Understanding Diff, Merge, and Patch

There are several terms used in document comparisons. Here's a simple guide to help you understand them:


A "diff" results from comparing two or three documents. It encompasses the original document and all the changes required to transform it into the other document. It comprises three basic elements: keep, insert, remove. For example:

The quick red fox jumpsover the sleeping dog.

Version 1

The quick brown fox jumpsover the lazy dog.

Version 2

The Diff:

The quick redbrown fox jumps over the sleepinglazy dog.


In other words, the diff is like a document with annotations showing all differences to another version.


When two authors independently edit a shared initial document and make changes, a merge combines their updates into a single document by automatically accepting all changes from both people into the initial document.

The changes that the merge automatically accepts are always calculated using a three-way diff between the initial document and both authors' changes. (Learn more about three-way diffs here.)

If conflicts arise, such as when both authors change the same passage, a reviewer must resolve the conflicts by deciding which version to accept.

Merging is typically used in software programming, where the two authors work on different parts of the software and want to combine their work.

While redlining can be a related process, there is typically no need for automatically accepting others' changes, and merging is not usually relevant there. (Learn more about redlining here.)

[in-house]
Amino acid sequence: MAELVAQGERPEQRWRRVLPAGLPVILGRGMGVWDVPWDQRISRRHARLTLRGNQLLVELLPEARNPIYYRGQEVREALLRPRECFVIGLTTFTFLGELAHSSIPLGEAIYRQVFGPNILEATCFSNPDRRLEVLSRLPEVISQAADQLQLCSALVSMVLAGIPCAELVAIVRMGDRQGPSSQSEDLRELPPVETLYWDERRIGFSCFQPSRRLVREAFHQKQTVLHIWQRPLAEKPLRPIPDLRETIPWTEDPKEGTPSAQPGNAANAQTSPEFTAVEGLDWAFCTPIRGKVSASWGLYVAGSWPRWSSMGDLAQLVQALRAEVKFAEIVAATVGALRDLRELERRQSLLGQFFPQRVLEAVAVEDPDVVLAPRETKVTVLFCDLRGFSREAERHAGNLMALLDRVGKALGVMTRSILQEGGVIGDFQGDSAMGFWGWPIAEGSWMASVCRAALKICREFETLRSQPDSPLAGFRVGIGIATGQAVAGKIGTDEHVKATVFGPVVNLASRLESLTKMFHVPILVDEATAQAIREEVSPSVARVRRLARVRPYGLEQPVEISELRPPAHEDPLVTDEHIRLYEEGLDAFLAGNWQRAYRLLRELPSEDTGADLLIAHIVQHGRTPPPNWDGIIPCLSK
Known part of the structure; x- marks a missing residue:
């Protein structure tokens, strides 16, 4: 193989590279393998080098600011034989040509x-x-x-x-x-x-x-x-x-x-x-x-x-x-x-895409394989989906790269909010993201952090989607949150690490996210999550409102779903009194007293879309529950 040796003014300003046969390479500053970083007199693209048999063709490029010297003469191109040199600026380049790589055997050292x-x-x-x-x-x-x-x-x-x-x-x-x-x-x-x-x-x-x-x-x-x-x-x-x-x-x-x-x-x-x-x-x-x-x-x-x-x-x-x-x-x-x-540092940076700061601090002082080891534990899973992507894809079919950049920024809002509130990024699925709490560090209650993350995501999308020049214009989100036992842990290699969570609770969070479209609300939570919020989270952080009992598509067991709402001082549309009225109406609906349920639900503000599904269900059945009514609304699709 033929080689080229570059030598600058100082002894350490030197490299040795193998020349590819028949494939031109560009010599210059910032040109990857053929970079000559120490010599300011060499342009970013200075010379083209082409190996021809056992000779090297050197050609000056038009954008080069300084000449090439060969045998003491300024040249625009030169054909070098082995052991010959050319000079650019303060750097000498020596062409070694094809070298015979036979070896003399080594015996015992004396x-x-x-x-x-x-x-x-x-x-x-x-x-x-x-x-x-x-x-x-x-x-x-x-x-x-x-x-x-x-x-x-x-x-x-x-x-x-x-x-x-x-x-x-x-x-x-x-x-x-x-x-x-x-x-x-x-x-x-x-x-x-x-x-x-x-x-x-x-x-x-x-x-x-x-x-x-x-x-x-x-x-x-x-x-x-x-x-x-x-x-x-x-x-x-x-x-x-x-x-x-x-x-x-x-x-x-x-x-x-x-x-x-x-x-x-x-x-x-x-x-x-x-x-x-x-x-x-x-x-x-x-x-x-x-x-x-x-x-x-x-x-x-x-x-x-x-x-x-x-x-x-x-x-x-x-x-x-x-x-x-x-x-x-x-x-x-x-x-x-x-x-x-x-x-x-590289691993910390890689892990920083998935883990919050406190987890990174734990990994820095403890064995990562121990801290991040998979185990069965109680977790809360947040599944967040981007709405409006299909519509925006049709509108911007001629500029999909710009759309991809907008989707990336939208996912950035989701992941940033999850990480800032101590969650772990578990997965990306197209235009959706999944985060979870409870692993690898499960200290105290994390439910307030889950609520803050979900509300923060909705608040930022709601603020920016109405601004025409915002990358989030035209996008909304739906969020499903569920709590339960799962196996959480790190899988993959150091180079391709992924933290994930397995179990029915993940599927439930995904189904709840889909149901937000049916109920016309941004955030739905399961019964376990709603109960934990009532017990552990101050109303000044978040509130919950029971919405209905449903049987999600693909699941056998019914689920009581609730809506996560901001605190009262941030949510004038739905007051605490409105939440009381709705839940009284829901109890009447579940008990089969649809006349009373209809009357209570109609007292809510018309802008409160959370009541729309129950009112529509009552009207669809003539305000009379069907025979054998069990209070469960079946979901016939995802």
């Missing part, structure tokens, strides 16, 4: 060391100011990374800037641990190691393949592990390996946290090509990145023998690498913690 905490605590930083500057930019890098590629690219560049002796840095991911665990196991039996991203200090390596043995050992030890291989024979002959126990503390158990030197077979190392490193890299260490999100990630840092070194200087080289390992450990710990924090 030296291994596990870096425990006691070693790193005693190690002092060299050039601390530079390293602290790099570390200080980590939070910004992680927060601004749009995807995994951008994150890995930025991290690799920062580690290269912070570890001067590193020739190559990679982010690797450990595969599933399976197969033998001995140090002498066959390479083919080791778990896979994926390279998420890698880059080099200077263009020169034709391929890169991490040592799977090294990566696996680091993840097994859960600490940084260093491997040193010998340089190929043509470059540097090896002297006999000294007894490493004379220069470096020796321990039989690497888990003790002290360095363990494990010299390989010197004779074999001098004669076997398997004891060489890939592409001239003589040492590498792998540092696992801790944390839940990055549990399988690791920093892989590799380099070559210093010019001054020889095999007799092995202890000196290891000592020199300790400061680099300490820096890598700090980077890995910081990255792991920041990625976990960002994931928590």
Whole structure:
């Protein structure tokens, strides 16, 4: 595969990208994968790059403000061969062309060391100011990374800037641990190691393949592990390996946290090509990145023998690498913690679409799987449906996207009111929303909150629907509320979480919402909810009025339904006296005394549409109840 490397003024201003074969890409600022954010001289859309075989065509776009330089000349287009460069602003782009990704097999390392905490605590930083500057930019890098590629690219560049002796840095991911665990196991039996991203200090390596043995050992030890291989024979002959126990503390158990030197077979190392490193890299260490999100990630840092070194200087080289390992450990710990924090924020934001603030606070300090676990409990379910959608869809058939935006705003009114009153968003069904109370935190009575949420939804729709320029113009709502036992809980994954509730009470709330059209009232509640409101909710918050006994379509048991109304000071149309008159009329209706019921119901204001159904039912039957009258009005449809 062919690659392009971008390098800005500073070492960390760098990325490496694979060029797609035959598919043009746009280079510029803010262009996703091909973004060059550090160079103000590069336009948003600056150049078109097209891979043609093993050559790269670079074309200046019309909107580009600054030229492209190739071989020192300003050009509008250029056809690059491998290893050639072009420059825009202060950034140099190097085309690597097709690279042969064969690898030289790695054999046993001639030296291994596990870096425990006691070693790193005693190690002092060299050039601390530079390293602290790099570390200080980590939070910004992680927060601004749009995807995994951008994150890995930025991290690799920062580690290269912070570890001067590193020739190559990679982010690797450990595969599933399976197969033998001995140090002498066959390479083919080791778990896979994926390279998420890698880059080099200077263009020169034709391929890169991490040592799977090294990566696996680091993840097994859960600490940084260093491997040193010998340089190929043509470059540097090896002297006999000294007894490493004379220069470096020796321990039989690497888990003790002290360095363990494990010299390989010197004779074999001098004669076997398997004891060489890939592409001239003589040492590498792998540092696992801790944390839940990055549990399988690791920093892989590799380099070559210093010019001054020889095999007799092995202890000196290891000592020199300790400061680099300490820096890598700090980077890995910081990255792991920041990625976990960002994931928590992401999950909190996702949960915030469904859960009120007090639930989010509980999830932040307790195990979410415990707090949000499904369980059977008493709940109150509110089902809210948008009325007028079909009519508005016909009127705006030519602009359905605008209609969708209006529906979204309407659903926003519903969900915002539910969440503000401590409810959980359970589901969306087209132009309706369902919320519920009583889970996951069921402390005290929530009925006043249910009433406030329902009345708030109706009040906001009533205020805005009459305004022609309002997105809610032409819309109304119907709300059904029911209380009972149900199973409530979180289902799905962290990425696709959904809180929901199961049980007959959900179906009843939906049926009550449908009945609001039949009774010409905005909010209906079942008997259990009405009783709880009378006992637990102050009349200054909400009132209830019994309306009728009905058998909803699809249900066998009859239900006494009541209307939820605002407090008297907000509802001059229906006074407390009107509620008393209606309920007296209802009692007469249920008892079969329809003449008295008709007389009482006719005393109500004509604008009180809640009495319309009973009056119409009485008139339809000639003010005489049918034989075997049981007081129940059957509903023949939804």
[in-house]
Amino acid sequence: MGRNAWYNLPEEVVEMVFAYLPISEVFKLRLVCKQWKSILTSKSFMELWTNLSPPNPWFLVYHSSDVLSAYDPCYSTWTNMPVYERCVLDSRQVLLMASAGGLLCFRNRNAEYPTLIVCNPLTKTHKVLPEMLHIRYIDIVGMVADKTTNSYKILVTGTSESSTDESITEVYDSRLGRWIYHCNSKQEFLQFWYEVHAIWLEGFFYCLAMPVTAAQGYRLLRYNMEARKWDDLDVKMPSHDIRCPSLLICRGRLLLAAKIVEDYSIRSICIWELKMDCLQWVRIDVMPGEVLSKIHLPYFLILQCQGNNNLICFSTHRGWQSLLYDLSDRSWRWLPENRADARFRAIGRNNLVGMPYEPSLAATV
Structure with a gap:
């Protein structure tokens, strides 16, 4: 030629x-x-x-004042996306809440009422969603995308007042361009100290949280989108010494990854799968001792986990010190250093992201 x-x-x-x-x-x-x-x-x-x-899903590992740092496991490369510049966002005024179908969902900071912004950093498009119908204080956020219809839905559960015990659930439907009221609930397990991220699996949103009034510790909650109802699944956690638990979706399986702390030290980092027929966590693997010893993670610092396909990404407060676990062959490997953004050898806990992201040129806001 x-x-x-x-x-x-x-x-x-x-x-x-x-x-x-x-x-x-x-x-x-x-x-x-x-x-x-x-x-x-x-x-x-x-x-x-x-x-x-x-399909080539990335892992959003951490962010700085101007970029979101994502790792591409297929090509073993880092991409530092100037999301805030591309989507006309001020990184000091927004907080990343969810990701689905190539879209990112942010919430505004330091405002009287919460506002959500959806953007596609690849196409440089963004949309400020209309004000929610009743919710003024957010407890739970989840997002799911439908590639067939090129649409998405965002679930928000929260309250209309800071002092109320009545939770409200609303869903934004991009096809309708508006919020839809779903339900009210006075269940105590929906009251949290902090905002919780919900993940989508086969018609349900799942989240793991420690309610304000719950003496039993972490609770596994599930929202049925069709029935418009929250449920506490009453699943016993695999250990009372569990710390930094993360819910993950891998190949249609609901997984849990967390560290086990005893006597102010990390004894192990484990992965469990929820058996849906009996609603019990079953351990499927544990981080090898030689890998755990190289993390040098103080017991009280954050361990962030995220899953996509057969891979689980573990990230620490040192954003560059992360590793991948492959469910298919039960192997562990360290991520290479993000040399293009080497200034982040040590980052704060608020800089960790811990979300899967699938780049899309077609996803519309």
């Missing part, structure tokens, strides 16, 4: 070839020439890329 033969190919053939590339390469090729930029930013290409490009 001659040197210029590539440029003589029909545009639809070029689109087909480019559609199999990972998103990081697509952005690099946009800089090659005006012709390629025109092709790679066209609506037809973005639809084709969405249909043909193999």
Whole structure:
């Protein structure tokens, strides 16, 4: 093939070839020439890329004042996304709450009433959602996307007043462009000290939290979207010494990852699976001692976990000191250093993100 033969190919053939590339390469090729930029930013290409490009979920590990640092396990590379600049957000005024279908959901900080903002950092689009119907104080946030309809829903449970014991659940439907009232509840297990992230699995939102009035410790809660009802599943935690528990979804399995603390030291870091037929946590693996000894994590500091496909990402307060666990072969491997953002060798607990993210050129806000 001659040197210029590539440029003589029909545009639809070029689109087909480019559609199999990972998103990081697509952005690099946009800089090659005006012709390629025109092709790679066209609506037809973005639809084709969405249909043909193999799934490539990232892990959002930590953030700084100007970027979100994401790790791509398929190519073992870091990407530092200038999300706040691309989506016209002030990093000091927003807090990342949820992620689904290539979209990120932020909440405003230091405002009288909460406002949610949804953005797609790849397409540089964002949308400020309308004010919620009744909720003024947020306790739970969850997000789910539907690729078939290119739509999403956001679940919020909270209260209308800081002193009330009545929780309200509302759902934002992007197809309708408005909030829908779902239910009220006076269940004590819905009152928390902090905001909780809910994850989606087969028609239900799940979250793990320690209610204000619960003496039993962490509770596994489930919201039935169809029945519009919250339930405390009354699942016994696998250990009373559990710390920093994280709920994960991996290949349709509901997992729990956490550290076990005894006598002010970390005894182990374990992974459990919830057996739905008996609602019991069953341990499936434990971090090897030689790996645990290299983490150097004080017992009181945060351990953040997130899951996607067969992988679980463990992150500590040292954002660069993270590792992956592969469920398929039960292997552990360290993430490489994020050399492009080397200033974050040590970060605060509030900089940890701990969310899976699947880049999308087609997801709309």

Like diffs, patches are another way to represent changes between documents.

They are lists of instructions on how to go from one document version to another, allowing for describing contents to be inserted, removed, styled and even relocated.

Unlike diffs, which are integrated into a document version, patches are stored separately from the documents and are applied to the document when needed. Therefore they always contain pointers to where they will apply.

With patches, the jumping fox example from above would roughly look like this:

  1. Replace word 3 ("red") with "brown"
  2. Replace word 8 ("sleeping") with "lazy"

This approach offers several advantages, including reduced storage requirements and the ability to easily represent moves and other custom changes.

For this reason, TreeDiff comparisons generate patches, enabling your document management system to keep documents editable during patch application and simplifying the integration of new features like patch counting or filtering.

In other words, patches list the changes needed to transform a (separate) document Version 1 into Version 2.

When implementing patches, keep in mind to first set markers at all update locations and only then start applying them: pointers will get outdated as patches are applied.